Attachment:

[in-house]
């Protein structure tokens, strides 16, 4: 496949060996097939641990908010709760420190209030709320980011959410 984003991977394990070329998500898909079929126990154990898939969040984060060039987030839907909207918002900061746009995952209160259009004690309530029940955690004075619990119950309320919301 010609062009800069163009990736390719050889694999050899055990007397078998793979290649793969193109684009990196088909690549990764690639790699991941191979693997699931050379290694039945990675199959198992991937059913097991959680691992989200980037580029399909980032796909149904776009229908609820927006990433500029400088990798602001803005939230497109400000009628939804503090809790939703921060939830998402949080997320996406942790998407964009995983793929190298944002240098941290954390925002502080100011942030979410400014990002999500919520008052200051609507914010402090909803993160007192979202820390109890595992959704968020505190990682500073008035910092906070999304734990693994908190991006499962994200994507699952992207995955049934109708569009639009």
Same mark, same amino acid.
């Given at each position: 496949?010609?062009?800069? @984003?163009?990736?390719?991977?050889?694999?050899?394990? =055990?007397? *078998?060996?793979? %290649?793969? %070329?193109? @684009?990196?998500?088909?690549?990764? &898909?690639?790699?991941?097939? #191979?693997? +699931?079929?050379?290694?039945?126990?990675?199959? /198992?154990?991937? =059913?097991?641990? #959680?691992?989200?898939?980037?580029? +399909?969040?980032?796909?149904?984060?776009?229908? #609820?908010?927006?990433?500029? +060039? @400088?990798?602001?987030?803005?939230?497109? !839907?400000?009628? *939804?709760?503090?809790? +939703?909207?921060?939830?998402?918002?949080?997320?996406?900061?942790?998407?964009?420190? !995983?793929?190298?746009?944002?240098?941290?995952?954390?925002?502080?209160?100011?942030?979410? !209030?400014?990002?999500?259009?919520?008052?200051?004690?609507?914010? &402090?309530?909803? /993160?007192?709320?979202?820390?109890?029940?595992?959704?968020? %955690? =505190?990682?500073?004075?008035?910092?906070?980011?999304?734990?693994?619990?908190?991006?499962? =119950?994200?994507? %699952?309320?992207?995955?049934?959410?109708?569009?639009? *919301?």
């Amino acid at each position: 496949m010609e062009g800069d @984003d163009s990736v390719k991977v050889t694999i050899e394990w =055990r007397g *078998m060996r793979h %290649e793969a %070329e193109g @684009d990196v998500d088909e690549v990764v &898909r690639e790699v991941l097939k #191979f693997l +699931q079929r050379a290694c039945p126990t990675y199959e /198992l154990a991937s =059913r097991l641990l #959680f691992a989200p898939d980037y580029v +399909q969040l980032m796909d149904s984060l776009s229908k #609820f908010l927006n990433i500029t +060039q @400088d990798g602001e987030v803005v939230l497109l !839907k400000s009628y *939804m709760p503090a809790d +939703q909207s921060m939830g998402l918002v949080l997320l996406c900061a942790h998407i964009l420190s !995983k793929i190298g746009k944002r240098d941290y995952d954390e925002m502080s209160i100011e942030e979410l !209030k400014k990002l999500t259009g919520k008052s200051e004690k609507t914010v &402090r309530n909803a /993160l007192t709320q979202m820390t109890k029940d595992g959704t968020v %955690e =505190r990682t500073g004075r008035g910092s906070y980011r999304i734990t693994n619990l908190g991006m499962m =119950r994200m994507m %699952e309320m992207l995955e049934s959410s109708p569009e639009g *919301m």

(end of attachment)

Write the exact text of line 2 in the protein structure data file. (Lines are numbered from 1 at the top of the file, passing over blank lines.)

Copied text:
């Protein structure tokens, strides 16, 4: 496949060996097939641990908010709760420190209030709320980011959410 984003991977394990070329998500898909079929126990154990898939969040984060060039987030839907909207918002900061746009995952209160259009004690309530029940955690004075619990119950309320919301 010609062009800069163009990736390719050889694999050899055990007397078998793979290649793969193109684009990196088909690549990764690639790699991941191979693997699931050379290694039945990675199959198992991937059913097991959680691992989200980037580029399909980032796909149904776009229908609820927006990433500029400088990798602001803005939230497109400000009628939804503090809790939703921060939830998402949080997320996406942790998407964009995983793929190298944002240098941290954390925002502080100011942030979410400014990002999500919520008052200051609507914010402090909803993160007192979202820390109890595992959704968020505190990682500073008035910092906070999304734990693994908190991006499962994200994507699952992207995955049934109708569009639009």